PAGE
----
Individuals with intellectual disabilities and/or developmental disabilities (I/DD) are initially identiﬁed based on cognitive functioning and/or deﬁcits in adaptive functioning. However, this population frequently also presents a range of inappropriate and maladaptive behaviors. Common maladaptive behaviors exhibited by individuals with I/DD include physical aggression, verbal aggression, self-injurious behavior, elopement, socially unacceptable behavior, and disruptive behavior. It is estimated that approximately 30 percent of adults with I/DD exhibit challenging behavior, though some estimates of speciﬁc behavior, such as aggression, are as high as 45 percent.¹ Many of these behaviors become barriers to an individual’s access to opportunities such as employment, and to their full inclusion in their communities.
The underlying causes of maladaptive behavior exhibited by an individual with I/DD are generally diﬃcult to pinpoint, as challenging behavior can be caused or exacerbated by a combination of factors, including medical conditions (e.g. constipation, an earache), environmental factors (e.g., boredom, social isolation), and/or a mental health condition. Individuals with I/DD, who often have impaired expressive language skills, frequently use behavior to communicate a need or want. It is widely accepted that if an individual exhibiting a challenging behavior continues to engage in the behavior of concern, then they are getting a need met through the behavior; in other words, the behavior is functional for the person.
According to Positive Behavior Supports Guidelines published by NASDDDS² , “it must be understood that all human behavior is purposeful and goal-oriented, although the purposes or goals of each behavior may not be readily perceived”.³ Individuals with I/DD use behavior to access things or activities they want, to gain attention from their loved ones and/or caregivers, to stop engaging in a task or activity that has become boring or uncomfortable, and/or to avoid a situation or activity that they do not like or that causes them anxiety or discomfort. Therefore, it is not enough to simply “get rid of” a behavior. It is also important to teach an individual a new behavior, one that is more appropriate and also helps them get their needs/wants fulﬁlled. It is not ethical to remove a behavior that is functioning for an individual without teaching them a replacement, or alternative, behavior that functions in the same manner.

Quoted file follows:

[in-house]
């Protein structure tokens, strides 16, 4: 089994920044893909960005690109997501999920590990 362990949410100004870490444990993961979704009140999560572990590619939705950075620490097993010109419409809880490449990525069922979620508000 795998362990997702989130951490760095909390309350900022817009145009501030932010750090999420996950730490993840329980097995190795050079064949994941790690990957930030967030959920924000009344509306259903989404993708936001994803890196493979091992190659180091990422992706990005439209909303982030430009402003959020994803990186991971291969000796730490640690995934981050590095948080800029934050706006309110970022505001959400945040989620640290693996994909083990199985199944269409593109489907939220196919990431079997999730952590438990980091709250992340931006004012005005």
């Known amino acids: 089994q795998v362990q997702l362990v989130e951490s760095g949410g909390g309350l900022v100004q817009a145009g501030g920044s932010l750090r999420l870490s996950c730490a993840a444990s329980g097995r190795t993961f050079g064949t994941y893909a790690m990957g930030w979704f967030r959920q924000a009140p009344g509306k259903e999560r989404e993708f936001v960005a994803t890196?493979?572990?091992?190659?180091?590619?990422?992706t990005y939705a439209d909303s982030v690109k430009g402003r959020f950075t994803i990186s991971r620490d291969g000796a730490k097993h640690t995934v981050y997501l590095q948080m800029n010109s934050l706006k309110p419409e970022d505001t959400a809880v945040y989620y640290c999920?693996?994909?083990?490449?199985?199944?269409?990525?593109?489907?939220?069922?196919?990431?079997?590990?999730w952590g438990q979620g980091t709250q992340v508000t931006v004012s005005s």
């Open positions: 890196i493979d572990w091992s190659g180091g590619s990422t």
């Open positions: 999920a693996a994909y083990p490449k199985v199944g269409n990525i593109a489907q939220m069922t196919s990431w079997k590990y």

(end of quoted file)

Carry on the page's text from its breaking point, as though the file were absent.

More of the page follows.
Oftentimes, individuals with I/DD have exhibited and practiced maladaptive behavior for lengthy amounts of time across environments, and as noted above, the behavior works for them. Perhaps the behavior is not dangerous, but is instead socially unacceptable, annoying, and/or irritable to those around the person. Less intense behaviors can also be barriers to the individual accessing their community, making friends, and/or getting a job. In order for behavior change to be meaningful and eﬀective, thereby allowing the individual more opportunities for full participation in their community and/or preventing the need for a more restrictive environment (e.g., psychiatric hospital), behavior intervention and support should be proactive, timely, and comprehensive. Many times, behavior intervention is reactive—services are sought only after an individual’s behavior has become dangerous to themselves or others—and there have likely been numerous opportunities to intervene prior the behavior reaching this level. Those who support individuals with I/DD, including family caregivers as well as paid staﬀ, have opportunities each day to positively and proactively support behavior management. Oftentimes, however, these staﬀ and caregivers are not equipped with the most eﬀective strategies or they have not had enough practice using the strategies that are most eﬀective with the individuals they support.